removal of John K. Caldwell, the American Consul at Vladivostok, was
received by the American State Department on May 6, from Ambassador
Francis. The State Department announced that Mr. Caldwell had done
nothing wrong and that he would not be removed. On the same day a report
was received that the Russian authorities at Irkutsk had arrested the
Japanese Vice Consul and the President of the Japanese Association on
the charge of being military spies.

At a meeting of several thousand peasants of the Ukraine, held on April
29, a resolution was passed calling for the overthrow of the Government,
the closing of the Central Rada, the cancellation of the Constituent
Assembly convoked for May 12, and the abandonment of land socialization.
General Skoropauski was proclaimed Hetman and was recognized by

The German advance into the Ukraine continued, military rule was
established in Kiev, and several members of the Government, including
the Minister of War, were removed on the ground that the Government had
proved too weak to maintain law and order. Vice Chancellor von Payer,
speaking before the Main Committee of the German Reichstag on May 4,
attempted to justify Germany's use of the iron hand by declaring that
grain had been withheld and that prominent Ukrainians, members of the
Committee of Safety, had been caught planning the assassination of
German officers.

Rostov-on-the-Don was occupied by Germans on May 9, but was recaptured
by the Russians the next day.

M. Tchitcherin, on May 12, sent a wireless message to Ambassador Joffe,
at Berlin, instructing him to try to obtain from Berlin cessation of
every kind of hostility, and declared that captures of Russian territory
violated the terms of the treaty of peace. He also gave assurances that
the Black Sea Fleet would not attack the port of Novorossysk, which the
Germans threatened to capture. In an evasive reply the Commander in
Chief of the German troops in the East said he could only agree to the
cessation of naval operations against the Black Sea Fleet, provided that
all ships returned to Sebastopol and were retained there, thus leaving
the port of Novorossysk free for navigation.

A Swedish report of May 14 told of a German ultimatum to the Bolshevist
Government demanding the occupation of Moscow and other Russian cities,
the abolishment of armaments, and the effecting of certain financial
measures which would practically make Russia a German colony.

Professor H. C. Emery, the American who was seized when the Germans
landed in the Aland Islands, was freed from prison, but was still
detained in Germany, according to a report received on May 5.

The British Foreign Minister, A. J. Balfour, announced in Commons on May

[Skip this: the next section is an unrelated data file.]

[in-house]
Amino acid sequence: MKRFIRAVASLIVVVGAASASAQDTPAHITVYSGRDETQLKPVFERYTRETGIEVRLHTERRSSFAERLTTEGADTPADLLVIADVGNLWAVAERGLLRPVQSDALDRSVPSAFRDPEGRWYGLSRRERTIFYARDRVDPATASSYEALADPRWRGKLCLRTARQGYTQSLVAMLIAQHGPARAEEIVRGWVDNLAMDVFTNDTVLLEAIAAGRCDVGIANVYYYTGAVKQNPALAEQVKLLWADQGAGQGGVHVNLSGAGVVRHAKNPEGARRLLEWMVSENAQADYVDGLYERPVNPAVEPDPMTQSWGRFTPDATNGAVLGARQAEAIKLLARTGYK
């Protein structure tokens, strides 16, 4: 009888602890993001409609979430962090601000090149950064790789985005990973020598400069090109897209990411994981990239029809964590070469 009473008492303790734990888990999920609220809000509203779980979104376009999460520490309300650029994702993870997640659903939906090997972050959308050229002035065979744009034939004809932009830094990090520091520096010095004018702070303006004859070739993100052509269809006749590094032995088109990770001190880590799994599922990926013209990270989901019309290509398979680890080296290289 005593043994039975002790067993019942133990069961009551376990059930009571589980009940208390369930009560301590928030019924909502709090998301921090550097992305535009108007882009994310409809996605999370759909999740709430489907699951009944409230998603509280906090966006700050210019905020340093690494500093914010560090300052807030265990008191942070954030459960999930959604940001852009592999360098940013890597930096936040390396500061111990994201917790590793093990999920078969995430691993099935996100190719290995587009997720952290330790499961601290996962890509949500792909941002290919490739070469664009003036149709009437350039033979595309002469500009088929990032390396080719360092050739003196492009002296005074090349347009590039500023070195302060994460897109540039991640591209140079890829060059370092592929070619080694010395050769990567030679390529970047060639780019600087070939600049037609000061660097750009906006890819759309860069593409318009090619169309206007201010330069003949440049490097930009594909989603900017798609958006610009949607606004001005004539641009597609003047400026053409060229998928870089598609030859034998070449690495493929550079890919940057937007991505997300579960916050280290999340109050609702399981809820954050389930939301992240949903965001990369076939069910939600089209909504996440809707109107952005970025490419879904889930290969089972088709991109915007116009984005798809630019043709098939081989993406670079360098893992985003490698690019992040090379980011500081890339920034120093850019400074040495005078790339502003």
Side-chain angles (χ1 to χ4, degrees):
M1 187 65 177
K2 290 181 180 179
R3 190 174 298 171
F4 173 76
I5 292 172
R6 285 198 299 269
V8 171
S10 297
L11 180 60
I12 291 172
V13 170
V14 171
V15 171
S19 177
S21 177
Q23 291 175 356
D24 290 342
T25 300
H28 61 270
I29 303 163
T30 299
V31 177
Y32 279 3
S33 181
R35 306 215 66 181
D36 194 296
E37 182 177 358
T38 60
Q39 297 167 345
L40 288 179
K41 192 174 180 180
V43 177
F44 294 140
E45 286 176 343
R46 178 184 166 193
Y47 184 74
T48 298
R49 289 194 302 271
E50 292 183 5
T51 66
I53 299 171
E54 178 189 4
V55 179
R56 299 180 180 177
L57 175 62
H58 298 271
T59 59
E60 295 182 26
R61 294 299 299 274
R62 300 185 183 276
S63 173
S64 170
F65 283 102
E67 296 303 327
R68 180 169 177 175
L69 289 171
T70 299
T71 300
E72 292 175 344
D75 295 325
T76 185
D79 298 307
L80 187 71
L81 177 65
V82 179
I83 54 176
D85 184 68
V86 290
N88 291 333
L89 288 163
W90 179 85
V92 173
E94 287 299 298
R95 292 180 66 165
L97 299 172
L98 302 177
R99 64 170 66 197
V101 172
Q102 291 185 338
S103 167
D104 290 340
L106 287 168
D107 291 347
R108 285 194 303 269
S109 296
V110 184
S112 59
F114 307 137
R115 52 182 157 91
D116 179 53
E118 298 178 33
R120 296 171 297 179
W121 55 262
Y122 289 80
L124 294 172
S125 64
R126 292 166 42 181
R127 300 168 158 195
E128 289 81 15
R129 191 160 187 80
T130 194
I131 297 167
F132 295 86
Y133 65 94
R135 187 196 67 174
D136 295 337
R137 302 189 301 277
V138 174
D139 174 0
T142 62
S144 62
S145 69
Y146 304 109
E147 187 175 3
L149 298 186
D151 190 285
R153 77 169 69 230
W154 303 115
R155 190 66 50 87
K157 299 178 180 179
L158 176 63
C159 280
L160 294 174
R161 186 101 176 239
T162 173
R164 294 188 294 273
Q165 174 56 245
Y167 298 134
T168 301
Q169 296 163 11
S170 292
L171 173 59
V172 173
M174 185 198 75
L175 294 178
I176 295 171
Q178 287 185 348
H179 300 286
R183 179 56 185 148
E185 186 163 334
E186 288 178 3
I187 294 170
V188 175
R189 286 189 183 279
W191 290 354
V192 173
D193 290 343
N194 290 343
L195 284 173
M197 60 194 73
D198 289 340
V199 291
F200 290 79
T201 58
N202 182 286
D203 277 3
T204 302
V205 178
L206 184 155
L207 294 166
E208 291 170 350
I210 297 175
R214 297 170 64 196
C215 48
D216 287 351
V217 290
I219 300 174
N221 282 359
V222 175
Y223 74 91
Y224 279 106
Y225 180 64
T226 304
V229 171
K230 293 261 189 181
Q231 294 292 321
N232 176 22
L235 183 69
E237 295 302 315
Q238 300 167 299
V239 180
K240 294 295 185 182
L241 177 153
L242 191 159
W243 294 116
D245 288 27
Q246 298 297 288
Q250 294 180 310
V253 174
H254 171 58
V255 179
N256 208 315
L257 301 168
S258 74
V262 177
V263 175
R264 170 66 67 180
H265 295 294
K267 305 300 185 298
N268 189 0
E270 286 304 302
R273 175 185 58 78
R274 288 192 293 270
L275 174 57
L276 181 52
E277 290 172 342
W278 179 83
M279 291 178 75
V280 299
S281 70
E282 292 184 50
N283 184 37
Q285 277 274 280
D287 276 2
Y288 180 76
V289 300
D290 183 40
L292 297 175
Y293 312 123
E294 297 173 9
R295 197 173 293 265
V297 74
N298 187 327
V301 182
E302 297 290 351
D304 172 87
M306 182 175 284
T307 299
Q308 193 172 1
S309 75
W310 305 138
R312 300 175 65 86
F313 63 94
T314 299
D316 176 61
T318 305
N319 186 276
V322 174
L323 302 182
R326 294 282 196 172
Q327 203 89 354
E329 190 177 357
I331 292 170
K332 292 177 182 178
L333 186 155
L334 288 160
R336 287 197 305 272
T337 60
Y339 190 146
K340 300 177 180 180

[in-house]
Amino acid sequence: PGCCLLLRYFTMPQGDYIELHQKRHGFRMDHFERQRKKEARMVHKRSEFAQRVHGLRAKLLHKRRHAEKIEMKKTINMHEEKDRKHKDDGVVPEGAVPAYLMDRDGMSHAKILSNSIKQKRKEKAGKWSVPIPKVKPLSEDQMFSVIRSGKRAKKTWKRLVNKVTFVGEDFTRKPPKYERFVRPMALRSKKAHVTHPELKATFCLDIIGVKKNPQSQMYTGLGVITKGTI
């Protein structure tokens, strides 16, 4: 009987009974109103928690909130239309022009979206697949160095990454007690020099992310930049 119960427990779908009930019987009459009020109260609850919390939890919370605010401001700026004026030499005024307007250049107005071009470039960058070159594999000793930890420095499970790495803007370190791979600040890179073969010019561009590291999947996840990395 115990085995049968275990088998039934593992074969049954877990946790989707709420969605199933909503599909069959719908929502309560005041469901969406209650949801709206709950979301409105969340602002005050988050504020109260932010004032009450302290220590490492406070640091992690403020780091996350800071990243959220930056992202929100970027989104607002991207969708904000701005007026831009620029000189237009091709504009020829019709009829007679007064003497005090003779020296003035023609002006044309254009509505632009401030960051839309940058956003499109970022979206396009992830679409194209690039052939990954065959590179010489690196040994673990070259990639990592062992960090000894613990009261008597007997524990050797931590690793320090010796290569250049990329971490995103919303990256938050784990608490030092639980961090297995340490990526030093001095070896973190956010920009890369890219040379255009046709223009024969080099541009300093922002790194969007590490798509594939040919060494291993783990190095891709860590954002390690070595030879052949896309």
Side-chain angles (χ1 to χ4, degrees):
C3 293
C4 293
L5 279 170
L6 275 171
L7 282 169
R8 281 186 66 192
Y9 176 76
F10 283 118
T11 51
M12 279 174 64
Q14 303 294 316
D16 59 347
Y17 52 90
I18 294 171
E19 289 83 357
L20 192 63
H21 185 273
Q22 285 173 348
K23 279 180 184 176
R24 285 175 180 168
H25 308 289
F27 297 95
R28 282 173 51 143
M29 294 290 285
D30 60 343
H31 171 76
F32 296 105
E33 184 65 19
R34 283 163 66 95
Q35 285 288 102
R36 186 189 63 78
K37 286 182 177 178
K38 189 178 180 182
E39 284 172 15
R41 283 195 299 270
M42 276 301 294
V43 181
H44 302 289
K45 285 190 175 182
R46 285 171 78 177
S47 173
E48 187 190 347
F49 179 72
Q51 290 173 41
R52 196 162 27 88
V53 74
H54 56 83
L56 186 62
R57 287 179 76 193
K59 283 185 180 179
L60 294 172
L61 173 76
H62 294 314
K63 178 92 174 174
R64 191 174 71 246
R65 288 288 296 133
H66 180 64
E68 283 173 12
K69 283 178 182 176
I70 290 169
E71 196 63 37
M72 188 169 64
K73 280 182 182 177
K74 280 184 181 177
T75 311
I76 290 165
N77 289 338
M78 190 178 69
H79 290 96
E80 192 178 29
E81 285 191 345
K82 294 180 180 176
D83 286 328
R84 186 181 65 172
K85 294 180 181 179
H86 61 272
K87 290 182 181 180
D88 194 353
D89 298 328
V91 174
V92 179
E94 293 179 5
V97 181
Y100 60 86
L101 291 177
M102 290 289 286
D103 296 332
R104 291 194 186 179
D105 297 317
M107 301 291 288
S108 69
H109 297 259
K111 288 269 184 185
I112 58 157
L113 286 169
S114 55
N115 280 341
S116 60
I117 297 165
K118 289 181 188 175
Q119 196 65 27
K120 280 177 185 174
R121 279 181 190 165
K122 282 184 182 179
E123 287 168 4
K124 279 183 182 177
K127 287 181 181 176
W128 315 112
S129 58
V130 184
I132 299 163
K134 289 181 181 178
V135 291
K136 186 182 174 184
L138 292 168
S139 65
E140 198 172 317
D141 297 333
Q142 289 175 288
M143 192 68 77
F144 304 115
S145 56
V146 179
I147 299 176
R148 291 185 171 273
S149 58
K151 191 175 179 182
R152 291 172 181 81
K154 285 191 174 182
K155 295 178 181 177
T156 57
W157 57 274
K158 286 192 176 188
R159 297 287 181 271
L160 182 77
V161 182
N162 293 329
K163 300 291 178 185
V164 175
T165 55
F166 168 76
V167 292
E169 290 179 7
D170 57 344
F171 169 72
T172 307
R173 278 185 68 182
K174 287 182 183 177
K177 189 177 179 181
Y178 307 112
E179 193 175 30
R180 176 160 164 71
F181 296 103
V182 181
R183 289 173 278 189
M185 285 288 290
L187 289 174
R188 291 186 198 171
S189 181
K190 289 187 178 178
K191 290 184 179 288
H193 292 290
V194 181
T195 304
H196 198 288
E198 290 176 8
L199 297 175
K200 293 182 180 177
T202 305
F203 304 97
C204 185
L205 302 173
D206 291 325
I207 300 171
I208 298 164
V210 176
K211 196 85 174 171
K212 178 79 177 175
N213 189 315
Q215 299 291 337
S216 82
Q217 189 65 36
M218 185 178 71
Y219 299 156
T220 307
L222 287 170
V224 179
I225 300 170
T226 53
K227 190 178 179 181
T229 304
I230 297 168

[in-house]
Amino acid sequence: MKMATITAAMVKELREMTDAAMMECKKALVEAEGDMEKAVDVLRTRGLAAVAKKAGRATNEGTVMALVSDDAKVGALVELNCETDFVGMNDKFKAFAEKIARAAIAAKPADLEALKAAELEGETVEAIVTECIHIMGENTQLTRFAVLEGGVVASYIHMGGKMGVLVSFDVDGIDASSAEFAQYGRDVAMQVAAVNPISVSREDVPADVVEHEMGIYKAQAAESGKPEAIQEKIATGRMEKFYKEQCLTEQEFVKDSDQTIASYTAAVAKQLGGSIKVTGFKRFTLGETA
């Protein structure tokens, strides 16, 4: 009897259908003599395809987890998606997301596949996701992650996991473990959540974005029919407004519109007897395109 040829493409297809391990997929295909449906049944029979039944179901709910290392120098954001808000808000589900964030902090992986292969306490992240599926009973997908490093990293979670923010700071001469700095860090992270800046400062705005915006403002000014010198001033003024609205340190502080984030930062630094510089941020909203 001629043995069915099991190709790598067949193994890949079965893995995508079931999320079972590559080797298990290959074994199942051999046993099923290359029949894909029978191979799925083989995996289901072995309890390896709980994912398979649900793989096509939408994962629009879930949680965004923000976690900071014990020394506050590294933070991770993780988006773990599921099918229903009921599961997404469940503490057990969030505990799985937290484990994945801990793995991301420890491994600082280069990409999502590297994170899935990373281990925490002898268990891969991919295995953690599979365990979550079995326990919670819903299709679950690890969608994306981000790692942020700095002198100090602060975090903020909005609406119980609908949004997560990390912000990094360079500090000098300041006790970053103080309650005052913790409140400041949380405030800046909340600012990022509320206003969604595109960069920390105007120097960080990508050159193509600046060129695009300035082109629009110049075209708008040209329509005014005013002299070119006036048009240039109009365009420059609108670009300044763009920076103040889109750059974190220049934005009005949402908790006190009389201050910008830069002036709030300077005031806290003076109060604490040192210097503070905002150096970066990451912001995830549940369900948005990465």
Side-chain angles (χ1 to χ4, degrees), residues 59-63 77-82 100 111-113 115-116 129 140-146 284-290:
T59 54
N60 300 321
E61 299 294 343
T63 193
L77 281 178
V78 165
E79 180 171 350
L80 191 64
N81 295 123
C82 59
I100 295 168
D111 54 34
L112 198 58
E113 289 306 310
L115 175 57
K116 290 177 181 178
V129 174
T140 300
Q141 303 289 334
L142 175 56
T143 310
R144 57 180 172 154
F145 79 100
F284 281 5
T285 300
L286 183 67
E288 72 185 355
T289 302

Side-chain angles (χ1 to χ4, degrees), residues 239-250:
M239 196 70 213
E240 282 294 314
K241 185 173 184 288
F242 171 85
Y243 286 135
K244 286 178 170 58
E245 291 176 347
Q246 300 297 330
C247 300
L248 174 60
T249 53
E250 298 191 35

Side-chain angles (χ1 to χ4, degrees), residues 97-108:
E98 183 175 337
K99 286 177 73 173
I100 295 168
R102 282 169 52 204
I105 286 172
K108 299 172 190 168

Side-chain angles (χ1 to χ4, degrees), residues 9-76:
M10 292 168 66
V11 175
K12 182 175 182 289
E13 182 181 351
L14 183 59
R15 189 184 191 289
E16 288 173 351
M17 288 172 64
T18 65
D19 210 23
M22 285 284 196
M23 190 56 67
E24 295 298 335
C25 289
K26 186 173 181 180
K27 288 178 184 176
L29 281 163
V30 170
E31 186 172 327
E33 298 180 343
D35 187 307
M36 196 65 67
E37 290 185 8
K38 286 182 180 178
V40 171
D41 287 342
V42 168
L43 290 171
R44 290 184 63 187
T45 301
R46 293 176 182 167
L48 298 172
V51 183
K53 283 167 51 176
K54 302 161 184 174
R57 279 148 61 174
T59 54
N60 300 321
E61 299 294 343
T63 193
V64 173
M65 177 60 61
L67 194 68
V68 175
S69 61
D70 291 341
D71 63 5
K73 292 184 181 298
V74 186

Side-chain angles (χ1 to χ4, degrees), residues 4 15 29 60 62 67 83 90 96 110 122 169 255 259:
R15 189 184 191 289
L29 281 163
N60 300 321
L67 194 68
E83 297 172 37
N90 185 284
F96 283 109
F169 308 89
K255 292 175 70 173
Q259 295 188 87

5 that Great Britain was ready to grant temporary recognition to the
Esthonian National Council.

Transcaucasia proclaimed its independence on April 26, and a
conservative Government was formed, headed by M. Chkemkeli.

Ciscaucasia proclaimed itself an independent State on May 14.

The Caucasus proposed peace negotiations with Turkey May 10.

Russian Bolshevist troops crossed the Caspian Sea in gunboats and
recaptured Baku from the Mussulmans May 17.

Emperor William issued a proclamation, May 14, recognizing the
independence of Lithuania, allied with the German Empire, and saying
that it was assumed that Lithuania would participate in the war burdens
of Germany.


Hostilities between the Finnish White Guards and the Germans and the Red
Guards continued. Germany protested to the Bolshevist Foreign Minister
on April 23 against the landing of allied troops at Murmansk, declaring
that such landing was a violation of the Brest-Litovsk treaty. Germany
also denied that Germans had participated in the raid of the Finnish
White Guards upon Kem.

The White Guards, on April 26, demanded the surrender of a fort on the
Finnish coast ceded to Russia by the Finnish Bolshevist Government,
constituting part of the Kronstadt defenses. The Kronstadt Council of
Workmen's and Soldiers' Delegates refused to comply with the demand, and
organized resistance.

Viborg was taken by the White Guards on April 30. On May 3, the Germans
in the southwest defeated the Red Guards after a five days' battle near
Lakhti and Tevastus. The Finnish flag was raised on the fortress of
Sveaborg on May 13. On May 15 the White Guards entered Helsingfors, and
on May 17 they seized Boris-Gleb on the Norwegian border from the
Russian troops, thus gaining access to the Arctic Ocean.


A peace treaty between Rumania and the Central Powers was signed May 6,
and supplementary legal, economic, and political treaties were later

The Rumanian Parliament was dissolved on May 10 by royal decree and new
elections were ordered.


The Lausanne Gazette announced on May 12 that Poland was handed over to
Germany economically, politically, and militarily, according to a secret
treaty arranged at Brest-Litovsk between a Russian delegation, headed by
Trotzky, and German representatives. At a conference between the
Emperors of Germany and Austria-Hungary, Germany agreed to the solution
of the Polish question desired by Austria, in return for certain
concessions from Austria.


The Guatemalan Assembly, on April 22, declared the country to be in the
same position as the United States in the war, and the following day the
Guatemalan Minister at Washington announced that the declaration was
meant as a declaration of war against Germany and her allies.

In response to a request from Uruguay for a definition of the relations
between the two countries, Germany replied, according to an
announcement made public May 16, that she did not consider that a state
of war existed.

Nicaragua declared war on Germany and her allies on May 7.

Royal assent to the British man-power bill, providing for conscription